Alternative polyadenylation (APA) regulates diverse developmental and physiological processes through its effects on gene expression, mRNA stability, translatability, and transport. Sorghum is a major cereal crop in the world and, despite its importance, not much is known about the role of post-transcriptional regulation in mediating responses to abiotic stresses in Sorghum. A genome-wide APA analysis unveiled widespread occurrence of APA in Sorghum in response to drought, heat, and salt stress. Abiotic stress treatments incited changes in poly(A) site choice in a large number of genes. Interestingly, abiotic stresses led to the re-directing of transcriptional output into non-productive pathways defined by the class of poly(A) site utilized. This result revealed APA to be part of a larger global response of Sorghum to abiotic stresses that involves the re-direction of transcriptional output into non-productive transcriptional and translational pathways. Large numbers of stress-inducible poly(A) sites could not be linked with known, annotated genes, suggestive of the existence of numerous unidentified genes whose expression is strongly regulated by abiotic stresses. Furthermore, we uncovered a novel stress-specific cis-element in intronic poly(A) sites used in drought- and heat-stressed plants that might play an important role in non-canonical poly(A) site choice in response to abiotic stresses.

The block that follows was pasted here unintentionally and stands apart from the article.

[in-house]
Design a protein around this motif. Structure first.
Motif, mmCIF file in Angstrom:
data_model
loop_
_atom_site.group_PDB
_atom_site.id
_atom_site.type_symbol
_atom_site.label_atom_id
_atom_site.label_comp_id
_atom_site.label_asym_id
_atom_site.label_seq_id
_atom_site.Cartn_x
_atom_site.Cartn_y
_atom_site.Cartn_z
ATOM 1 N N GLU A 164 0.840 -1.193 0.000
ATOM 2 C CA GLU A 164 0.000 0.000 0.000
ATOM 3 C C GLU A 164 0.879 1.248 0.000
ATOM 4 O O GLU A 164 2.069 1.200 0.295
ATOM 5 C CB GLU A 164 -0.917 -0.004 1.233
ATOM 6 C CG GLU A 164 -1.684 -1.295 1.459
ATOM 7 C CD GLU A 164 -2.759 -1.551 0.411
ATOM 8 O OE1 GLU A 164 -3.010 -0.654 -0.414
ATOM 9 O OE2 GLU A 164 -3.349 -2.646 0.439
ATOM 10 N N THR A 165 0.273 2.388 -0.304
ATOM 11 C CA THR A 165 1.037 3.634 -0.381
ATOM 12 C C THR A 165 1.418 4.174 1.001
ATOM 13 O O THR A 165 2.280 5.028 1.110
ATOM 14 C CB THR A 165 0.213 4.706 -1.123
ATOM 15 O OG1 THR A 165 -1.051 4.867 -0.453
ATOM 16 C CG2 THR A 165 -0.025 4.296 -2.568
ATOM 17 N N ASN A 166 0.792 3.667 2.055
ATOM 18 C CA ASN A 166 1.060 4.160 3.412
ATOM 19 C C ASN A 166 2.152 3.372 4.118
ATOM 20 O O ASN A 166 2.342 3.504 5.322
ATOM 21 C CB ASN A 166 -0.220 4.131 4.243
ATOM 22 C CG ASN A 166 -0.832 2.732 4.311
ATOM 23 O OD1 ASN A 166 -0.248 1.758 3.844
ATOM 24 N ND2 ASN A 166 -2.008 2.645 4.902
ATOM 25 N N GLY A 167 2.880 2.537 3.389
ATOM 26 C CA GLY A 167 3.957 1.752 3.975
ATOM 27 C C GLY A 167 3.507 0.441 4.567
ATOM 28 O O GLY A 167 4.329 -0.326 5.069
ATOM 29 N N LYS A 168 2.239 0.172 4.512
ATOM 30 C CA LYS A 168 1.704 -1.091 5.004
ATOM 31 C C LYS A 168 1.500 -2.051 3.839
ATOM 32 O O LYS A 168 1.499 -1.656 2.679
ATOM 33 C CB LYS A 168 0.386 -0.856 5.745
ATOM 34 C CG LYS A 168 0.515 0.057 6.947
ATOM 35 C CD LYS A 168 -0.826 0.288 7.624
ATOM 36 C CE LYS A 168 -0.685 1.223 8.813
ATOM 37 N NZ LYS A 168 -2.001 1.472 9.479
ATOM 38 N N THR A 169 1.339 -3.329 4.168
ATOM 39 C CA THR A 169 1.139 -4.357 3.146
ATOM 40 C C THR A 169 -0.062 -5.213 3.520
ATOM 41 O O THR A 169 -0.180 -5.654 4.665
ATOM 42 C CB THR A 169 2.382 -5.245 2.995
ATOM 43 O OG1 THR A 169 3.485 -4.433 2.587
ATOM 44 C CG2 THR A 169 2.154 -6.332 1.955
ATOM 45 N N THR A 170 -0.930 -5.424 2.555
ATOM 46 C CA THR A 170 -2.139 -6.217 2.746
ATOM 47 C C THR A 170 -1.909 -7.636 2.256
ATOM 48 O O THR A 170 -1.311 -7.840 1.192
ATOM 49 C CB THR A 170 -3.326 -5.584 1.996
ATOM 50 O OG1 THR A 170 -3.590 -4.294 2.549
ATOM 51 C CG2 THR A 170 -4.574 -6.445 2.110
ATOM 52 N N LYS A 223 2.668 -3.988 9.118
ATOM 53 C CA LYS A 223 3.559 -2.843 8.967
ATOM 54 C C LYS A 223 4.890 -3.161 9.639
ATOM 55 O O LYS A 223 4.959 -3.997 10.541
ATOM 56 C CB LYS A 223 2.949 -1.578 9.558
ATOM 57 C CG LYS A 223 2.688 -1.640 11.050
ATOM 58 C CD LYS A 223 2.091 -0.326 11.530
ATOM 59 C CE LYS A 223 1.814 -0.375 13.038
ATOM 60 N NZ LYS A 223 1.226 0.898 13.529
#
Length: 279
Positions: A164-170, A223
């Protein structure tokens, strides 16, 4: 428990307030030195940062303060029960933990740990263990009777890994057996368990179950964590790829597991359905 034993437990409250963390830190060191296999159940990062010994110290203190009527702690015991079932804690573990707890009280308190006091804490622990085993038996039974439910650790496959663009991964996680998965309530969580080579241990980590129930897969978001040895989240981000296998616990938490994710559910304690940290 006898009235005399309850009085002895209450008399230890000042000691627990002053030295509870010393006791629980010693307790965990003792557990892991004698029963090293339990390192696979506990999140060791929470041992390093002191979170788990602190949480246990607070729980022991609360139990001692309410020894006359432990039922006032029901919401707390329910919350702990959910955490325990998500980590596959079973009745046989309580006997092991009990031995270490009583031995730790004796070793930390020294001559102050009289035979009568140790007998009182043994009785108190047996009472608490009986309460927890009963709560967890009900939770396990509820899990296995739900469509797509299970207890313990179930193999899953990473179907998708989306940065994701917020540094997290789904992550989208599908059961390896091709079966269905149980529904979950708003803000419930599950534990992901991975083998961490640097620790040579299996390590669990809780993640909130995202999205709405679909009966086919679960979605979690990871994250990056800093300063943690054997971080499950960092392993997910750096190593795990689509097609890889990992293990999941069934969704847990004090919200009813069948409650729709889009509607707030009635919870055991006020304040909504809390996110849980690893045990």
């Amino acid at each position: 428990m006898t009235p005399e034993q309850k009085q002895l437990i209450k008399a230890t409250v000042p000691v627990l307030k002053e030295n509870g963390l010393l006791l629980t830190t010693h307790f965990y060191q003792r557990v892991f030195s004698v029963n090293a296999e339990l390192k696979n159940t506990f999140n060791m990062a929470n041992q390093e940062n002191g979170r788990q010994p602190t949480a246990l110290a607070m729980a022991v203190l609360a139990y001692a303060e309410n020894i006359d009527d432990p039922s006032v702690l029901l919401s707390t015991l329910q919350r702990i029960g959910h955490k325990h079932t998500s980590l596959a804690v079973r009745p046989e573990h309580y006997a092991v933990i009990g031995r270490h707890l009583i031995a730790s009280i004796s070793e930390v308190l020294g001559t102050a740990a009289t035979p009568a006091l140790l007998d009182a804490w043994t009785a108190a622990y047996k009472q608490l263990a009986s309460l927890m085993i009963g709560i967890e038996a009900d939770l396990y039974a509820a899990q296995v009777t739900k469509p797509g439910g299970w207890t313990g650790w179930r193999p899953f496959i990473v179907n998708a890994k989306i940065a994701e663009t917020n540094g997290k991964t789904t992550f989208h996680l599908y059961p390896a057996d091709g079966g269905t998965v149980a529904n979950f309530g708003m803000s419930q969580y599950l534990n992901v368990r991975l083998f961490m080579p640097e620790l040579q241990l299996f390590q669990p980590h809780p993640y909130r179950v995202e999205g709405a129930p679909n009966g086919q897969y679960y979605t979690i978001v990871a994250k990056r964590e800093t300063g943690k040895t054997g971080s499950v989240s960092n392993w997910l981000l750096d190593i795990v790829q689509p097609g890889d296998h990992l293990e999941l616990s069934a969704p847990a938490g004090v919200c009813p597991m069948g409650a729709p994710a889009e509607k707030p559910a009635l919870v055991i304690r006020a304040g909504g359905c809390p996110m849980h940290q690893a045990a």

|Number of pages||15|
|State||Published - Jun 1 2020|
Bibliographical noteFunding Information:
This research was supported by the National Science Foundation (Award MCB‐1243849) (AGH), the USDA National Institute of Food and Agriculture [Hatch project KY006089] (AGH), and the DOE Office of Science, Office of Biological and Environmental Research (BER) (Grant No. DE‐SC0010733) (ASNR).
This research was supported by the National Science Foundation (Award MCB-1243849) (AGH), the USDA National Institute of Food and Agriculture [Hatch project KY006089] (AGH), and the DOE Office of Science, Office of Biological and Environmental Research (BER) (Grant No. DE-SC0010733) (ASNR).
© 2020 The Authors The Plant Journal © 2020 John Wiley & Sons Ltd
- abiotic stress
- alternative polyadenylation
ASJC Scopus subject areas
- Plant Science
- Cell Biology